France Isn't Aiming for Nuclear Zero
The French government finally unveiled its long-awaited livre blanc on defense and national security last week. As expected, the white paper contains grim news for the French military, capping spending at current levels and calling for substantial personnel reductions over the next five years. But one aspect of the French defense posture emerged virtually unscathed. Despite earlier reports about possible cuts in order to save money, the white paper reaffirms long-standing policies on the fundamental purpose and composition of French nuclear forces. While many officials and observers in the West discount the role of nuclear weapons in national security strategy now that the Cold War is over, the French government clearly takes a different view.
It’s been nearly a year since Francois Hollande assumed the French presidency with promises of change in both substance and style from that of his predecessor, Nicolas Sarkozy. Two months after assuming office, Hollande personally commissioned the writing of a new defense white paper to account for changes in the strategic and economic landscape that had occurred since the previous report was published in 2008. He also wanted no doubt to put his own stamp on defense spending, which commands nearly ten percent of the national budget.
The new white paper was originally due to hit the streets earlier this year. The context for the entire exercise, however, kept shifting. Across the Atlantic, U.S. officials continued to tout the so-called “pivot” to the Asia-Pacific region in response to a rising China and a recalcitrant North Korea. Following Pyongyang’s third nuclear test in February, Washington took steps to ratchet up U.S. military presence in the region even further. The new American strategic priority left the European NATO allies, including France, to ponder anew the task of providing for their collective self-defense. That of course has not precluded many NATO countries from continuing to reduce defense expenditures in the face of mounting budget pressures.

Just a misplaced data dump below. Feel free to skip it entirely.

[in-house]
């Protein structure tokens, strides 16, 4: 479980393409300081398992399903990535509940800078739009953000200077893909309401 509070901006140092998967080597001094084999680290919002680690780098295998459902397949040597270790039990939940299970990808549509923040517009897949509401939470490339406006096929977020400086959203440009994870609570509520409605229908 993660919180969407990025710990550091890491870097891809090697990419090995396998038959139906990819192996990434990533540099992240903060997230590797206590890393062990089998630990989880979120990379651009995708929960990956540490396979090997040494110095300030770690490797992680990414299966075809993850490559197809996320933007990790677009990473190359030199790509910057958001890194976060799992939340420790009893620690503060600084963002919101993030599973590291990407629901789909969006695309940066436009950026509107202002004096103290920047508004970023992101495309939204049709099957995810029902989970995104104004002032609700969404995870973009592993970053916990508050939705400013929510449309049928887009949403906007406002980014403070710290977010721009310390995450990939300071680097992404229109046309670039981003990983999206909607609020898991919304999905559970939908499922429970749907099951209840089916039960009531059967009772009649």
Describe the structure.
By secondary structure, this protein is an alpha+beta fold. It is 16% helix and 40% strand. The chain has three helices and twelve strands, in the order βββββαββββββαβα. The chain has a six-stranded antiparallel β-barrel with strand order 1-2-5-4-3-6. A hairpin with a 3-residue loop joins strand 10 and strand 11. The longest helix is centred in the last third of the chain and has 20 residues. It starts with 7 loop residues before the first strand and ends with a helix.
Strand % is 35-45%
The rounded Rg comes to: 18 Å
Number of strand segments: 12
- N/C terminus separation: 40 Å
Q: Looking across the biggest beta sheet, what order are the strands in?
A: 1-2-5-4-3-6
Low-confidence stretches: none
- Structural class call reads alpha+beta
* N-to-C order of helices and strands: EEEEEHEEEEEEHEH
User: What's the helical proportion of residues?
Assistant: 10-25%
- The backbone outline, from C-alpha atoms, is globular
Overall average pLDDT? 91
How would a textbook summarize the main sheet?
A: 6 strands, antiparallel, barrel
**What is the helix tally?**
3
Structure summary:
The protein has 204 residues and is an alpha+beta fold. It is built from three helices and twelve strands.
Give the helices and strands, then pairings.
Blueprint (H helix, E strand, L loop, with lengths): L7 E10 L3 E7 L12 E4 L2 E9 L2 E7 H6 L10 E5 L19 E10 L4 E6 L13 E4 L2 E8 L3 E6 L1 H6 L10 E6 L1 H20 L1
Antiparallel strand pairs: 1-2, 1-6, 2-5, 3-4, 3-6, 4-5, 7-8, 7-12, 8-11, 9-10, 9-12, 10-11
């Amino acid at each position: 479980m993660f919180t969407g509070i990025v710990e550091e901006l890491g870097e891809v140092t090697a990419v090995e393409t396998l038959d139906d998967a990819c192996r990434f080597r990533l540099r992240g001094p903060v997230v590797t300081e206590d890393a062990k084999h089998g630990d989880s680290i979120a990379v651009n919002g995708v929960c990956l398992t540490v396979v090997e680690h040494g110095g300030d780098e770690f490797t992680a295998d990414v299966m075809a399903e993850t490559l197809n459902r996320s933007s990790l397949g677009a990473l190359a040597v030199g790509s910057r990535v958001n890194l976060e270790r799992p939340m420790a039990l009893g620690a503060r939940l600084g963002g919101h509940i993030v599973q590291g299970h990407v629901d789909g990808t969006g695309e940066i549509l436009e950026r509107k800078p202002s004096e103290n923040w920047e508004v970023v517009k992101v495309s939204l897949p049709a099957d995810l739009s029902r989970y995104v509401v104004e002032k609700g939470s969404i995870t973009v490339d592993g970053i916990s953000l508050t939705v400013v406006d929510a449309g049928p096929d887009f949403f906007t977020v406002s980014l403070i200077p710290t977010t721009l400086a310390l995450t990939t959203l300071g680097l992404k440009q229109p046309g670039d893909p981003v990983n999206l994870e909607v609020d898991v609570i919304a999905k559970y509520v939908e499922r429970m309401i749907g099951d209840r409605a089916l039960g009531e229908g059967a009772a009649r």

As the United States was turning its focus toward the east, France was at the same time demonstrating its continued willingness to use military force in support of its foreign policy objectives. A year earlier, it had fired the opening shots of the military intervention in Libya that ultimately toppled Muammar Gaddafi. In January 2013, France launched Operation Serval in its former African colony of Mali to counter the threat posed by Islamic rebels to the central government in Bamako. With nearly 4,000 soldiers still on the ground, the French could be involved in this endeavor for some time to come, even as more responsibility is transferred to a United Nations peacekeeping force this summer.
Observers have noted that these recent and unexpected developments moderated the temptation to dramatically cut French defense spending in order to meet the government’s goal of reducing the deficit to 3 percent of gross domestic product. The projected reductions are nevertheless substantial. According to press reports, the military is set to lose as many as twenty-four thousand more employees between 2016 and 2019, on top of cuts initially set in motion by the previous president. The new white paper also confirms that France will not acquire a second aircraft carrier to complement the existing Charles de Gaulle. On the other hand, greater emphasis will be accorded to intelligence and cyber-security.
Despite the desire to find savings in the defense budget, French nuclear forces were left untouched. In a sense, this result was pre-determined. In his initial instructions to the white-paper commission, Hollande confirmed that he intended for France to maintain a strategic nuclear deterrent. The only question was how best to coordinate with other aspects of French defense and national-security policy.
The new white paper closely adheres to traditional French thinking on nuclear matters—views shared in the past by conservative and socialist governments alike. It asserts that nuclear forces are “the ultimate guarantee of our sovereignty.” Along with protection and intervention, dissuasion is identified as one of the three priorities of French defense strategy. Its purpose is to protect against all aggression by other states against French vital interests, wherever it comes from and in whatever the form. The white paper adds almost parenthetically that French nuclear forces also contribute to the security of the Atlantic alliance and Europe.